There are very few moments in life that feel immensely emotional, invigorating, and daunting like finding out you’re expecting. For many, it’s both a joyous milestone and a privilege—the beginning of a long-awaited chapter. And while the journey is slow and filled with countless setbacks for some, conceiving is quick and effortless for others. At any rate, it’s filled with high expectations and a fair amount of uncertainty. For us, getting pregnant was a winding road. After my PCOS diagnosis in 2017, I never thought I’d be able to carry a baby. Getting pregnant with polycystic ovary syndrome is possible. We’re living proof.
STruggling with body image
If you’re new around here, let’s rewind. From 2011-2015, I struggled with my body image. I used “healthy living” as a crux. Fueled mostly by my ego, my physical goals were superficial and all-consuming. Vanity was the name of the game. On a routine basis, I worked diligently to mold and shape my body into a far leaner version of what it is today. For what it’s worth, I thought I was being healthy. But in many ways, my perspective of health was shallow. In turn, my progesterone and estrogen were low, and my testosterone was high.
HOW PCOS AND exercise IMPACTED MY HORMONES
Fast forward to my mid-20s. Shortly after meeting my husband, my focus shifted. I learned, ever so slowly, how to make peace with my body. During that time, I leaned heavily into self-acceptance, body kindness, and courage. I found myself inspired by Registered Dietitians who spoke about finding peace with their bodies too. I decided, assertively, to change my habits. And in turn, this changed my thoughts. This process wasn’t easy, but mental growth, in any capacity, never is. However, even after I loosened my grip on rigorous exercise and strict food rules, getting pregnant seemed out of reach. Thanks to toying with my body’s natural set point for years—and a long stint on birth control—my menstrual cycle was anything but regular. Then, in 2017, I was diagnosed with a common hormone imbalance (and metabolic issue) called PCOS.
natural remedies for PCOS
Ultimately, I sought help from a functional medicine doctor in Colorado. She was the first person to diagnose me with PCOS. She also told me I had an under-active thyroid, likely due to the years I spent over-exercising, not managing my stress, not eating enough calories, etc. Despite the news, I was determined to regulate my cycle. Not only for the sake of my fertility, but for the sake of my overall health.
Under the care of my functional medicine doctor, I tried a few different things. First, I temporarily limited gluten and dairy (I noticed no change with this, however). I began seed cycling. I took a thyroid medication, for six months, to support my hypothyroidism. Furthermore, I opted for more gentle exercise, started routine acupuncture, and increased my consumption of healthy fats and fiber, all in the name to improving my hormones and blood sugar. Beyond these things, I also moved on from a stressful job, graduated as a holistic health coach, and embraced new hobbies.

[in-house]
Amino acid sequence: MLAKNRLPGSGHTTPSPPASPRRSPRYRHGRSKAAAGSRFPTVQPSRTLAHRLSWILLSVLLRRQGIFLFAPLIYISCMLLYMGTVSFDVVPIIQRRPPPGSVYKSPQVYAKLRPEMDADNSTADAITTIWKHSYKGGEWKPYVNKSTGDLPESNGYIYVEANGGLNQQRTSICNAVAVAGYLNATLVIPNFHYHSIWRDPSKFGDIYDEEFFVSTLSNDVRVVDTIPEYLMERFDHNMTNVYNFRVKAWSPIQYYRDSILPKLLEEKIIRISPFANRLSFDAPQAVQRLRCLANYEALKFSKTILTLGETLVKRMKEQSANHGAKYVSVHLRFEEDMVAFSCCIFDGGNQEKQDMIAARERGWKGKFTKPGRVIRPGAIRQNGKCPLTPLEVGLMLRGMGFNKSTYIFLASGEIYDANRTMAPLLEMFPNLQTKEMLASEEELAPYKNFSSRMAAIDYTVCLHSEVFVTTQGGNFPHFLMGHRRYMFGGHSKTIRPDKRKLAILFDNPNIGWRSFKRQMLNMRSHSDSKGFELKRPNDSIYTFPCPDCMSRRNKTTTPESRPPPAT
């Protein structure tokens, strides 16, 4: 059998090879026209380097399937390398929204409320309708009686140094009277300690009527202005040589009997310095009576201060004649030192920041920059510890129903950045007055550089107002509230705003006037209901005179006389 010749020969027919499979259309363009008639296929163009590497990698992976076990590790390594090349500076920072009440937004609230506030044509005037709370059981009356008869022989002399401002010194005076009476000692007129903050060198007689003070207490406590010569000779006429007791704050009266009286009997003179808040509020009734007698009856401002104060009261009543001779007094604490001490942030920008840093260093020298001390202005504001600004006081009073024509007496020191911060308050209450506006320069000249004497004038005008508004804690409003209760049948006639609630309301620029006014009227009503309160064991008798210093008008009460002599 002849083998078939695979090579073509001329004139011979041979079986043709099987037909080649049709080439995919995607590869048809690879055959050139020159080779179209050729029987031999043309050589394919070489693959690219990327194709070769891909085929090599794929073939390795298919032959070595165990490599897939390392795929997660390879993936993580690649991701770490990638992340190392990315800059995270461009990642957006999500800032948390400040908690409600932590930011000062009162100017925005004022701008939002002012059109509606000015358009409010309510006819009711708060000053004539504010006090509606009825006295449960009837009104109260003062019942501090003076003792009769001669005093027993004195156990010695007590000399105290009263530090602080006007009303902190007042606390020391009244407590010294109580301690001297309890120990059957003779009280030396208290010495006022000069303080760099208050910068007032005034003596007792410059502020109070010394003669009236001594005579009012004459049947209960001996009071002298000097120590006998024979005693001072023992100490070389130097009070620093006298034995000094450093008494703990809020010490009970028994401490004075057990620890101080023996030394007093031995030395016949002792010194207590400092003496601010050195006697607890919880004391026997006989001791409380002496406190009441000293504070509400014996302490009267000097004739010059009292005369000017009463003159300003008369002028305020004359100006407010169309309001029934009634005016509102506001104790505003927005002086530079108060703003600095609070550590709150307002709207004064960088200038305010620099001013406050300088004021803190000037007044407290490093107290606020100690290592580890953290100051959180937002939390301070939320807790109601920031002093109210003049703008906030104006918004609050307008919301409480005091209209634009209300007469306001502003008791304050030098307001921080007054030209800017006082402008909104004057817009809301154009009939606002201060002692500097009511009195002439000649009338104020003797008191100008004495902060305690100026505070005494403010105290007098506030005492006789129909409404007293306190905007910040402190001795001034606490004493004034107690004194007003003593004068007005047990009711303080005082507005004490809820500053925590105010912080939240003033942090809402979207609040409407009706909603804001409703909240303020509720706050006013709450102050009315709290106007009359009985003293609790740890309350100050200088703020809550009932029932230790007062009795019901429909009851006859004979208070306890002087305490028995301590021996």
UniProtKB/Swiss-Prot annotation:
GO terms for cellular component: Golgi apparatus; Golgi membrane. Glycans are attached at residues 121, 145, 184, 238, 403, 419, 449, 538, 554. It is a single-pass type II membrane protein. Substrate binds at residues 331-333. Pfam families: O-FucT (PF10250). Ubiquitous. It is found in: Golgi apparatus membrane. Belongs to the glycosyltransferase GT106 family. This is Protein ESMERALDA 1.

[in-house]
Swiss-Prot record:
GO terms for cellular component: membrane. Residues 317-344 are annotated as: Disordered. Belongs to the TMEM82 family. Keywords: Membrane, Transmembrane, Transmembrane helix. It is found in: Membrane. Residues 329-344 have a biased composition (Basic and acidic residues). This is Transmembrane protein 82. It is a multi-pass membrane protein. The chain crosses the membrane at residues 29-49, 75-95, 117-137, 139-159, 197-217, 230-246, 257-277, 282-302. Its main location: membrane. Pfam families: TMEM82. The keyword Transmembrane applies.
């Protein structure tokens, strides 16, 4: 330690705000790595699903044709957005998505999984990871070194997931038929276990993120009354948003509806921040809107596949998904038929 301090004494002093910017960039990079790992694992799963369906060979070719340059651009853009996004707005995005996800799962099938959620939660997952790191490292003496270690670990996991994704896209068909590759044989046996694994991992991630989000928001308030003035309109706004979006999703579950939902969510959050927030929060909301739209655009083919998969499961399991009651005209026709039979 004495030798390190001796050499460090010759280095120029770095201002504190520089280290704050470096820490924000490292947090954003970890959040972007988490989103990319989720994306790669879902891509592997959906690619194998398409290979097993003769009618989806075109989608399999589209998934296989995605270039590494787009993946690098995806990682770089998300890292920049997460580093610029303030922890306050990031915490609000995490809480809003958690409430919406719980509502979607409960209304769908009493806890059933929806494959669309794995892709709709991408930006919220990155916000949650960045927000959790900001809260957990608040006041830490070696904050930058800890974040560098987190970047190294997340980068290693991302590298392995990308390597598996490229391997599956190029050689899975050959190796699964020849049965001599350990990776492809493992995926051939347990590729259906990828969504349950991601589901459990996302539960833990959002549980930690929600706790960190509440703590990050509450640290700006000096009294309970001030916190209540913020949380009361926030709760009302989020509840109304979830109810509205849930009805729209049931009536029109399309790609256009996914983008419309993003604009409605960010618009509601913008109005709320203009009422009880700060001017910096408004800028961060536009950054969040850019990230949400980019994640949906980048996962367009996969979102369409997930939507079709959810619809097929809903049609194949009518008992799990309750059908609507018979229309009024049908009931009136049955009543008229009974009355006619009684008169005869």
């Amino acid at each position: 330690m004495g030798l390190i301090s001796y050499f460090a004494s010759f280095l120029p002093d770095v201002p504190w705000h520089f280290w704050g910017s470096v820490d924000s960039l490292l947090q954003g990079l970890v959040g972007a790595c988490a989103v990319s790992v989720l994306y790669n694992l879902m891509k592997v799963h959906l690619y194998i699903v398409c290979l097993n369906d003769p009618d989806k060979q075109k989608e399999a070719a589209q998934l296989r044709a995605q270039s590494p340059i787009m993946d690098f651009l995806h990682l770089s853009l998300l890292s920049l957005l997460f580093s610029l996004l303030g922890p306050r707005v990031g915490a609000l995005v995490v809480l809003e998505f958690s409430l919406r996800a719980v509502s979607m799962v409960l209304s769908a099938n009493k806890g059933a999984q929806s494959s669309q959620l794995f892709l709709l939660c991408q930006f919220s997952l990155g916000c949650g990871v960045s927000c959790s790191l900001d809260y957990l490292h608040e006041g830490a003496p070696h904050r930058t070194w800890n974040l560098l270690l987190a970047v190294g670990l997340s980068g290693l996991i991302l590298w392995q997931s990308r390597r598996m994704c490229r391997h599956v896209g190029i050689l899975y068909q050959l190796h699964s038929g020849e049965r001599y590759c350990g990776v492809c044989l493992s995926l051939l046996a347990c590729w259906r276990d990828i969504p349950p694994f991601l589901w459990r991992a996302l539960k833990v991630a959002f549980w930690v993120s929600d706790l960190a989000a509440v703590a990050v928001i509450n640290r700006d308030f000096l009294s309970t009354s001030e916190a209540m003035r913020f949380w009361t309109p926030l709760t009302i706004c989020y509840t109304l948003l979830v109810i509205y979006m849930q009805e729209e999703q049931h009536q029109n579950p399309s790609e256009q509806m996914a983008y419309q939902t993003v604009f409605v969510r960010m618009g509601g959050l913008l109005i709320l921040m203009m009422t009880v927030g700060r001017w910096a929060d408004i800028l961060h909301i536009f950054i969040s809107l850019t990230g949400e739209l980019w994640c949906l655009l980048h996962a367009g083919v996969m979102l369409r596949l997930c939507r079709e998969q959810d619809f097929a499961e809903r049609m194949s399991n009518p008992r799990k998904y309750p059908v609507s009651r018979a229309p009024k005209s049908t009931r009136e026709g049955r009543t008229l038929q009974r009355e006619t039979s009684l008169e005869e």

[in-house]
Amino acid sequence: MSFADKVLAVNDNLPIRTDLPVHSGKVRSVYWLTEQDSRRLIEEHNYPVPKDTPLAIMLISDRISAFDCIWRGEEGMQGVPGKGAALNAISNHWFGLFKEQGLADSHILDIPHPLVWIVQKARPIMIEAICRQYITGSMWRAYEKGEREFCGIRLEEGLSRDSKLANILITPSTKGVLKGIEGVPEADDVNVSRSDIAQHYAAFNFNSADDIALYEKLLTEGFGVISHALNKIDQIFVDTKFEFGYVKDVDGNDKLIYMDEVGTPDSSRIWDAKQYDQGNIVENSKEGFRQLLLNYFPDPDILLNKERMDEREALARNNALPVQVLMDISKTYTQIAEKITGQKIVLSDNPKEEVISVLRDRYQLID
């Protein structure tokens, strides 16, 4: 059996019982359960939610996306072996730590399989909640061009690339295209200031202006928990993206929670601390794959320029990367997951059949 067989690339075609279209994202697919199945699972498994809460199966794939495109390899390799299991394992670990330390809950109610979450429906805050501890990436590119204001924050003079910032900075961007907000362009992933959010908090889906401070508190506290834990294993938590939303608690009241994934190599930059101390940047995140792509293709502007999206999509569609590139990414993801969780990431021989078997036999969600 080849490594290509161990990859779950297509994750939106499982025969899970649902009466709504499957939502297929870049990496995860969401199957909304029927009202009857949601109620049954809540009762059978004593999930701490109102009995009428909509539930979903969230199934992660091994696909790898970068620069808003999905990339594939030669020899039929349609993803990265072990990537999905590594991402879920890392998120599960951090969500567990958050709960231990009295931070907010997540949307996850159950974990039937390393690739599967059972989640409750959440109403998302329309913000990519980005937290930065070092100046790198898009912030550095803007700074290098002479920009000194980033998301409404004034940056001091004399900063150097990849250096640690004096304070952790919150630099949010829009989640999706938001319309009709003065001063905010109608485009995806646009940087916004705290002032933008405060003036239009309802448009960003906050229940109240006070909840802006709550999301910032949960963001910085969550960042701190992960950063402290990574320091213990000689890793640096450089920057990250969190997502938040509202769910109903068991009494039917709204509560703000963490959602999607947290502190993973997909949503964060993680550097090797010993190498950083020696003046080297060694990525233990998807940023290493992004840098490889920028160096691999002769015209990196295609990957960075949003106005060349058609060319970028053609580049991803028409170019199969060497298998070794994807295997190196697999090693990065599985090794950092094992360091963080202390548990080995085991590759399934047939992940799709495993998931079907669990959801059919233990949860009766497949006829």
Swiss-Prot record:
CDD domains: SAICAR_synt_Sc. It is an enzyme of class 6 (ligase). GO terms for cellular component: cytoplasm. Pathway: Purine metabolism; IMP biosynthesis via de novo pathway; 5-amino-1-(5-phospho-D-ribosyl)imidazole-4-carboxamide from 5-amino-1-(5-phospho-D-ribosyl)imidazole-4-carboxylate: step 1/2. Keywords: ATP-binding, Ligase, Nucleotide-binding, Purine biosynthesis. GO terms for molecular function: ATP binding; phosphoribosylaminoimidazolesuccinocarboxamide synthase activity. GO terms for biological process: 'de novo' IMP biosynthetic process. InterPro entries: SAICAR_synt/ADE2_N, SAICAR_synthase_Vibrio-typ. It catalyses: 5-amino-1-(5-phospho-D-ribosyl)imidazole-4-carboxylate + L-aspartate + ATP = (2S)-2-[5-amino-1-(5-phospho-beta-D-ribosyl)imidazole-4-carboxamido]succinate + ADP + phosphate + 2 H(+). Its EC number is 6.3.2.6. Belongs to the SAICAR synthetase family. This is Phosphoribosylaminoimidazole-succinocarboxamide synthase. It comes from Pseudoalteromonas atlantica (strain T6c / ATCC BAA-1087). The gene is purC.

Everything—from food, supplements, and lifestyle choices—proved beneficial. I let my body speak for itself, tuning into its intuitive needs. Eventually, I regained a more regular menstrual cycle, although it’s hard to know what (exactly) did the trick. During those dynamic years, I had to do a lot of inner-work. It changed me for the better, though. I learned that healing from a hormone imbalance is not linear. Progress, for that matter, is hardly ever linear. Trial, error, and a lot of patience were my guiding lights.
combining Eastern and Western Medicine
Fast-forward to 2019. With ovulation still all over the map, my OB/GYN and I talked about different ovulation medicines. Ultimately, we decided on Clomid. One of the symptoms of PCOS is irregular ovulation, which can increase infertility. Thankfully, Clomid did the trick. After just two rounds—a very short time period in the scheme of things—we found out we were expecting.
While Western medicine played a huge part, I also took a holistic, informed approach to getting pregnant with polycystic ovary syndrome. Leading up to my pregnancy, I got routine acupuncture, maintained mindful exercise, and ate plenty of nutrient-dense foods. About six months before we conceived, I sought support from a PCOS-focused RD. She guided me through my entire pregnancy via supplements and meal suggestions. As soon as we started working together, I began taking a pretnatal vitamin, as well as upped my zinc, vitamin b12, and magnesium. Please speak with your doctor before making any changes to your supplement routine.
In writing my story, I hope it brings hope and optimism to getting pregnant with polycystic ovary syndrome. I often remind myself that every woman’s journey to conceiving is uniquely hers. There is no gold standard and trust, along with patience, are essential. To all the mamas-to-be out there, those anxiously awaiting to give birth, know that I’m sending strength and bravery your way.
Last but not least, if you’re curious about my pregnancy essentials, take a peek!
Photos by @jackie_segedin.
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